Graduate Student, Jan 2017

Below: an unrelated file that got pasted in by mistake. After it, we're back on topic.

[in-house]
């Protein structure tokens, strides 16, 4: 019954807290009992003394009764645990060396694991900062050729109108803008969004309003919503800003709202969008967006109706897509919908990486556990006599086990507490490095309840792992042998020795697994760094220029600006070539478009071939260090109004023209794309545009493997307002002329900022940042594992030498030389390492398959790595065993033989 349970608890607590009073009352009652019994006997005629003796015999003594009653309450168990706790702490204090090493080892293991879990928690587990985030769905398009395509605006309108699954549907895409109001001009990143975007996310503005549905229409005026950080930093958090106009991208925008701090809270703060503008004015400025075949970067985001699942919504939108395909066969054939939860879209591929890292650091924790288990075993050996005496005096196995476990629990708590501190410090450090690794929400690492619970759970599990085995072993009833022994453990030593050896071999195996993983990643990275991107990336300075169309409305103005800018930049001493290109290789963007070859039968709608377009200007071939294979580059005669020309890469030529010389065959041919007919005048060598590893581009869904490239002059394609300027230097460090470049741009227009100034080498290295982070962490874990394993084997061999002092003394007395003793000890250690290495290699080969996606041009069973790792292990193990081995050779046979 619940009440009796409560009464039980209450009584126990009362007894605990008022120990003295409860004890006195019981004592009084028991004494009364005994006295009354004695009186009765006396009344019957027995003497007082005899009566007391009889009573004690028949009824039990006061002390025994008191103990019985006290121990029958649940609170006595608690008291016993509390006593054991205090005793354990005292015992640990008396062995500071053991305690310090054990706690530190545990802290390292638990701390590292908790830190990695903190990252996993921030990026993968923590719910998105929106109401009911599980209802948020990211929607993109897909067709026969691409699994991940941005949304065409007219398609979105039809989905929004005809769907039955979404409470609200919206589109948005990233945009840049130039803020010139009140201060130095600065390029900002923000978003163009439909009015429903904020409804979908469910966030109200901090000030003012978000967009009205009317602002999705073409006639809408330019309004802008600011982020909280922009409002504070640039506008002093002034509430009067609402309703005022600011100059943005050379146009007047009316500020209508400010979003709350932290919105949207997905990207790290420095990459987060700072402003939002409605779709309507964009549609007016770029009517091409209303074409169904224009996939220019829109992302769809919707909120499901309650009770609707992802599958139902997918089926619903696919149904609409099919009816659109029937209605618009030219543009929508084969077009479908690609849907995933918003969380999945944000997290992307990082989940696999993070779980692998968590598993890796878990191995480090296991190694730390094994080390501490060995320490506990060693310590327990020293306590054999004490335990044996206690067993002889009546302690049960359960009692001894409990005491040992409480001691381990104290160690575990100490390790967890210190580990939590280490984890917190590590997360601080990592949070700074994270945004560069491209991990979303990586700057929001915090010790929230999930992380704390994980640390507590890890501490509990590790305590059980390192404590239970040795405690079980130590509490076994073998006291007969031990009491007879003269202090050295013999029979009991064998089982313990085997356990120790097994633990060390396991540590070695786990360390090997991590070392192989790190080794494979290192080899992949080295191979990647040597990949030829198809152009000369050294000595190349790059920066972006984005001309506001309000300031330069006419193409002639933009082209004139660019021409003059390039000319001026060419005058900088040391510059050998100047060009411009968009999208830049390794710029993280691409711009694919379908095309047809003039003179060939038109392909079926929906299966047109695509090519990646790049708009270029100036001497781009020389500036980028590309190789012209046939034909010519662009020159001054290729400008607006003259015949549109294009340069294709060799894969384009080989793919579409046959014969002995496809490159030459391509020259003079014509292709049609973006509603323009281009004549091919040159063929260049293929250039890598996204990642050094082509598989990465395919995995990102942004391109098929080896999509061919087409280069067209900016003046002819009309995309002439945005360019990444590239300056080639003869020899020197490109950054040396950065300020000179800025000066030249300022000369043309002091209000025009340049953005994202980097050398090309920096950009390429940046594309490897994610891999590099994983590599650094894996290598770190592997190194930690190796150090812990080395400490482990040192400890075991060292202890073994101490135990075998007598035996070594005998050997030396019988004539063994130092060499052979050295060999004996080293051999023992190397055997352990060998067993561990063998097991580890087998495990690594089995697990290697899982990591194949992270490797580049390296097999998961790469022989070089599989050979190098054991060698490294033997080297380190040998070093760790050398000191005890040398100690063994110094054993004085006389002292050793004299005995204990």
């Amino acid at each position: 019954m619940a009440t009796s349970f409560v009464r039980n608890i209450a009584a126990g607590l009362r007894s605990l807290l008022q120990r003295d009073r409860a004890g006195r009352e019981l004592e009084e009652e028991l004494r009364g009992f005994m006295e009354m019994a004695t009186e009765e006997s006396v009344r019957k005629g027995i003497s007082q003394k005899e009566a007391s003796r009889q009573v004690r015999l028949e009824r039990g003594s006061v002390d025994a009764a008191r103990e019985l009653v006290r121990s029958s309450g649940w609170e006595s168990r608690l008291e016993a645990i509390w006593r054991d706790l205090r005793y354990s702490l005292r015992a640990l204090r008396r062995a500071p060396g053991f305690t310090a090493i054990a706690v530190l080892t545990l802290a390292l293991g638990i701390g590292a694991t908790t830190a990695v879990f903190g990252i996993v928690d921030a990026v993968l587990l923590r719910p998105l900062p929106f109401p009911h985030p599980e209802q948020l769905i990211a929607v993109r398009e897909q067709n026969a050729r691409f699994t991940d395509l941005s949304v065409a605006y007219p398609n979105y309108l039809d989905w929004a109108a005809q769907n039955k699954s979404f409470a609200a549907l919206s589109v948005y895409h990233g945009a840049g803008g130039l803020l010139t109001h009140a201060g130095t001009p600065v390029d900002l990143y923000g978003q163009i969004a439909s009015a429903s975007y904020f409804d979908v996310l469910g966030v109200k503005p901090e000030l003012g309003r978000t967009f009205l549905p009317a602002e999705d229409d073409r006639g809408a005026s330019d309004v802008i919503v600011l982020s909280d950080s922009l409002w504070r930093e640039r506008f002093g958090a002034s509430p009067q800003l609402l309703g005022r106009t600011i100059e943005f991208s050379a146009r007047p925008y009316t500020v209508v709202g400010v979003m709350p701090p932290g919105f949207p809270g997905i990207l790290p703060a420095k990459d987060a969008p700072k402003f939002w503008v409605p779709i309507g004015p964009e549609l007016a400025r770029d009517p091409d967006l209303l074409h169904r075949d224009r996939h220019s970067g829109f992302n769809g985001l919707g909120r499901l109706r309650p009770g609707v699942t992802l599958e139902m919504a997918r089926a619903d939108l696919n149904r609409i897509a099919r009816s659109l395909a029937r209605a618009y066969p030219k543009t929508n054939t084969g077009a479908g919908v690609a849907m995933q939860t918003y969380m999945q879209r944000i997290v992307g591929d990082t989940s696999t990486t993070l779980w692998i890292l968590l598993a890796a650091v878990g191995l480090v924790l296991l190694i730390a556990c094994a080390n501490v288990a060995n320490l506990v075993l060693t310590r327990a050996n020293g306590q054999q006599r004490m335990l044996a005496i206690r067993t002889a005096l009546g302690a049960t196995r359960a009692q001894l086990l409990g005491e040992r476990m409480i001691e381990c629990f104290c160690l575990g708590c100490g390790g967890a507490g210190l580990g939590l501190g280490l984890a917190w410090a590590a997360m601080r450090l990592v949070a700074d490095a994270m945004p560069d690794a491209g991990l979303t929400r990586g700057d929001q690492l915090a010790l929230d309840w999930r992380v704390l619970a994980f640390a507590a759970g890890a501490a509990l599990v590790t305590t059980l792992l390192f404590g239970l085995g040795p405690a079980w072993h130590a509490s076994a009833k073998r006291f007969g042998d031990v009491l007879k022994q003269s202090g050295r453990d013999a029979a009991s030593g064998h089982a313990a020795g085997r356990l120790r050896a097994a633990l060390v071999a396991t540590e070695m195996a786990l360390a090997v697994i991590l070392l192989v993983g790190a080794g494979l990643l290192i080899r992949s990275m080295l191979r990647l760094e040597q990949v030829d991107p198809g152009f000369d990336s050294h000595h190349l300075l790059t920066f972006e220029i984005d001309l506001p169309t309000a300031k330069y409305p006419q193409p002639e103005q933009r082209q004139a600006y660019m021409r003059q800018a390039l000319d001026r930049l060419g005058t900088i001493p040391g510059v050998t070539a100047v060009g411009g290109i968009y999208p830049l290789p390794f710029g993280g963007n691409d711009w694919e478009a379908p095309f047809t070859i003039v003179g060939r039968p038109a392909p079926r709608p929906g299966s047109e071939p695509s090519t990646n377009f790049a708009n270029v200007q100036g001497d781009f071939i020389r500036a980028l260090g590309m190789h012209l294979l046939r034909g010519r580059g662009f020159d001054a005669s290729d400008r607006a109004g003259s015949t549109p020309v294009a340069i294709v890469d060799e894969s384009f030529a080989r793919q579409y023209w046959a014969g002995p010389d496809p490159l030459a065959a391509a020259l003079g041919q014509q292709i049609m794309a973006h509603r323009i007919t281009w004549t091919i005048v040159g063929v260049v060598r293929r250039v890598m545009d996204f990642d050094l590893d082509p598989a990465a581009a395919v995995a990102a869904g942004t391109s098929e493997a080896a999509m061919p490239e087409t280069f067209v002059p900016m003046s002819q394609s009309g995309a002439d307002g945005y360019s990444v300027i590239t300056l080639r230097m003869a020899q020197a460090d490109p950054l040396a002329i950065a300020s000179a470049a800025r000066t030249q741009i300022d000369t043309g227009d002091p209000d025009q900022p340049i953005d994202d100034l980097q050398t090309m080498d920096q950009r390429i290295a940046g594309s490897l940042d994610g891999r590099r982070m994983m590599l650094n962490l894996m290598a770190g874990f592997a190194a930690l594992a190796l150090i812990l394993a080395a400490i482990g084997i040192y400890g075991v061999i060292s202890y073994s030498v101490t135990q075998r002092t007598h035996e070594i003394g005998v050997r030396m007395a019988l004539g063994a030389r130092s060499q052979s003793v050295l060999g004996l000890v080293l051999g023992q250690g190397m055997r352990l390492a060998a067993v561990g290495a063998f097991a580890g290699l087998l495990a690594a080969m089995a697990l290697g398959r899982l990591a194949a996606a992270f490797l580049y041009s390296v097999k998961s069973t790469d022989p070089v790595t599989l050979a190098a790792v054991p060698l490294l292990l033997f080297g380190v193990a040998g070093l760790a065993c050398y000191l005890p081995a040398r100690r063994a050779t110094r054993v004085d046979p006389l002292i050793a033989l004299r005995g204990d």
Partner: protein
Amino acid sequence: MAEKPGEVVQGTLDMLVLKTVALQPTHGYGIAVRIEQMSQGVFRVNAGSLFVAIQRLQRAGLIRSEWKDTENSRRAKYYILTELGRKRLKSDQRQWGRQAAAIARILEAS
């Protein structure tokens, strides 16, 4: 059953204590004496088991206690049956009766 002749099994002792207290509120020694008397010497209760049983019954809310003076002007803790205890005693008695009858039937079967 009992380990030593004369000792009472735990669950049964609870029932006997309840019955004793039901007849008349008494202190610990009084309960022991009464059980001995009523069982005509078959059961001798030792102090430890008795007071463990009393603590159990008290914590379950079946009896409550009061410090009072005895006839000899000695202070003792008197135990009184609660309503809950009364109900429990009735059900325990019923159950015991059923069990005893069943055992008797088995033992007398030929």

I am excited to have joined MD program at Department of Pathology and Laboratory Medicine. I completed my BSc at UBC, focusing on cellular and molecular biology, and also completing the Biology Co-op program. My first introduction to research was at a pharmaceutical company, Signalchem. Here I worked with a team focusing on kinase-targeting drug development for therapeutic use. I then moved on to work at Multi Scale Design Lab under the supervision of Dr. Hongshen Ma at UBC where I was part of a research team working on biomedical device design and testing. MDL lab focuses on the development of new mechanisms for cell separation and for studying cell biomechanics. My roles included studying the applications of these devices in medical diagnostics, treatment and monitoring. I am thrilled to be continuing my work at MDL as a MSc student, focusing on employing the microfluidic device our engineers developed in-house to study the malaria-causing parasite, Plasmodium falciparum. P. falciparum enters human body through a mosquito bite and infects red blood cells. The parasite has high mutation rates, and drug treatments constantly need to be refined and changed to target the newly arising strains. It has been shown that red blood cell deformability can serve as an important biomarker while studying malaria. We have shown that all clinical antimalarials specifically decrease the deformability of P. falciparum infected red blood cells. My research project aims to use the deformability based cell sorting to separate infected red blood cells containing the drug resistant and drug sensitive parasites.  Our further studies include studying the differences in deformability change between drug sensitive and drug resistant P. falciparum strains. Upon isolating the newly emerging resistant strains from the sensitive ones, we will use genome sequencing to identify the responsible mutation. It is fascinating to be able to employ both biological and engineering tools to study a disease, and I am excited to have this opportunity.  In my time outside the lab, I enjoy researching and reading Russian literature of 19th and 20th centuries. I am currently interested in how the Soviet regime shaped the style and expression of writers, artists and poets of those years. I also enjoy sketching, drawing, hiking and discovering beautiful corners of Vancouver.